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Armenia 2022

No progress was reported in investigating war crimes and other crimes under international law during the 2020 Armenia-Azerbaijan armed conflict and its immediate aftermath. Law enforcement officers used excessive force during anti-government protests. Freedom of expression was restricted as hundreds faced criminal prosecution for allegedly insulting officials. Amendments to the Mining Code made it easier to bypass public opposition and environmental concerns. Laws to combat discrimination on the grounds of sexual orientation and gender identity remained inadequate.


The security situation along the Armenia-Azerbaijan border remained tense with frequent skirmishes. Azerbaijani shelling inside Armenia proper, with strikes in the Syunik, Gegharkunik and Vayots Dzor provinces, resulted in over 200 deaths including two civilians. In October, Azerbaijan and Armenia agreed on the short-term deployment of an EU monitoring mission along their border.

The large-scale migration of Russians to Armenia prompted by the war aided economic performance but also contributed to an increase in rental prices and the cost of living generally.

In March, the European Committee of Social Rights expressed concern over insufficient measures taken by Armenia to improve occupational safety and health, the lack of a clearly defined policy on occupational health and safety and the failure to guarantee social security to all workers and their dependents.

Violations of international humanitarian law

No substantive progress was made in investigating war crimes and other violations of international humanitarian law during the 2020 Armenia-Azerbaijan conflict and in its immediate aftermath, or in bringing suspected perpetrators to justice.

People continued to be killed and injured by mines planted by Armenian forces in territories where they had ceded control to Azerbaijan. Azerbaijani authorities reported in October that 266 people had been injured by mines since the 2020 conflict, maintaining that the maps of minefields provided earlier by Armenia were not reliable.

According to an ICRC report issued in August, over 300 Armenians remained missing or unaccounted for since the 2020 fighting.

Freedom of assembly

Freedom of peaceful assembly was curtailed by the violent and disproportionate response of law enforcement authorities to protests.

A series of anti-government protests took place from April to June demanding the resignation of prime minister Nikol Pashinyan over negotiations on the Armenia-Azerbaijan conflict. The protests often took the form of large-scale demonstrations with protesters blocking streets and setting up tents. The response of the authorities on occasions was disproportionate, dispersing and arresting hundreds and injuring dozens.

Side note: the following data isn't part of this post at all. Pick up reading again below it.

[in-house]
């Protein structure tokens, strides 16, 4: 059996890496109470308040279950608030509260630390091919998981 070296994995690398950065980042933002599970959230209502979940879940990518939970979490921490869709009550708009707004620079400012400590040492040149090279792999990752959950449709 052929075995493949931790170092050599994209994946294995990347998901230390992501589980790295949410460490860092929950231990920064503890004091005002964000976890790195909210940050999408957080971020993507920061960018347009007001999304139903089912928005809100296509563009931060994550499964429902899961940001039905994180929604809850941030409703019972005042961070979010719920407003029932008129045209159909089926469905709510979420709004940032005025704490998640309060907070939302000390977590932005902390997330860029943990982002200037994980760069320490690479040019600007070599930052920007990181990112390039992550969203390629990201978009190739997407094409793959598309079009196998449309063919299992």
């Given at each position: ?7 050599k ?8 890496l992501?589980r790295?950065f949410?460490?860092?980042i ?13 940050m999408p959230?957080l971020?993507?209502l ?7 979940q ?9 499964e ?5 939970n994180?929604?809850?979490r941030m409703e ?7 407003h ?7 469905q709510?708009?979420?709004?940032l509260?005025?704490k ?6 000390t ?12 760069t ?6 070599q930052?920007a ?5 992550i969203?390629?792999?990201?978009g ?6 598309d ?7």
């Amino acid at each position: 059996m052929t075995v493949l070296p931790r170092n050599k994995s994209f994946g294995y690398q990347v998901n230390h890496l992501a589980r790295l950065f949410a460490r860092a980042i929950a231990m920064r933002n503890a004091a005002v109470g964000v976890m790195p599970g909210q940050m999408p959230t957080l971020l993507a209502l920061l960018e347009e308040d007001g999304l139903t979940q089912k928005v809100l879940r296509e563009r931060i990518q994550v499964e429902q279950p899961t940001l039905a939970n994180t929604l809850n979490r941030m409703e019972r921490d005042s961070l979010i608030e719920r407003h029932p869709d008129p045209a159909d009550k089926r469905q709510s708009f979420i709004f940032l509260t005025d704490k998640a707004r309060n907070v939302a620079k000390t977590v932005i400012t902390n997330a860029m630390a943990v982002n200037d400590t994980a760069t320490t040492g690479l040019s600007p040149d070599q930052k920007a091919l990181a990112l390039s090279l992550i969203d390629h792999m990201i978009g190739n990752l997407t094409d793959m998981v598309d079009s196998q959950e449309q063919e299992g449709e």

In one of the most violent clashes, which took place on 3 June, police fired stun grenades and used excessive force to prevent thousands of demonstrators from approaching the Armenian parliament building. Fifty people, including 34 police officers, were said to require medical attention and dozens were arrested for taking part in “mass violence”.

Media rights watchdogs reported that at least 11 journalists were injured while covering protests from April to June; some were also obstructed from covering the demonstrations. By the end of the year no police officers had been charged with using excessive force in connection with the anti-government demonstrations.

On 25 August, police dispersed a peaceful protest in the capital, Yerevan, against the Russian invasion of Ukraine, arresting 22 people. Detained protesters were held without access to a lawyer, or an interpreter for those who did not speak Armenian, for several hours and released without charge later that day.

Freedom of expression

The right to freedom of expression continued to be unduly restricted. Criminal prosecutions over the legitimate expression of criticism of the authorities had a chilling effect on free speech.

The trial of Yazidi human rights defender Sashik Sultanyan continued on fabricated charges of “inciting ethnic hatred” for voicing criticism of the authorities’ treatment of national minorities.

Following the passing in 2021 of legislative amendments criminalizing insulting public figures, more than 200 criminal cases were initiated on charges of grave insults against officials.

On 4 July, new amendments proposed by the Prosecutor General giving the government powers to block online content it considers harmful, without prior judicial oversight, prompted concerns regarding ever-increasing government censorship of free speech on the internet.

Environmental degradation

On 18 June, parliament amended the Mining Code which makes it easier to bypass public opposition and environmental concerns, allowing mining projects to proceed despite protests. Local environmental activists raised concerns that the new law served the government’s intention to restart the Amulsar gold mine project in southern Armenia, halted due to environmental and other concerns and civil society protests.

LGBTI people’s rights

LGBTI people continued to face discrimination on grounds of sexual orientation and gender identity as laws to combat discrimination remained inadequate. The authorities failed to address the recommendations made in 2021 by the Council of Europe’s Committee on Equality and Non-Discrimination, which included adopting effective legislation and “policies to strengthen action against discrimination based on sexual orientation, gender identity, gender expression and sexual characteristics”.

On 17 May, the European Court of Human Rights found that the authorities had failed to protect an LGBTI bar owner from homophobic violence, including arson and physical and verbal attacks in 2012, and to carry out an effective investigation.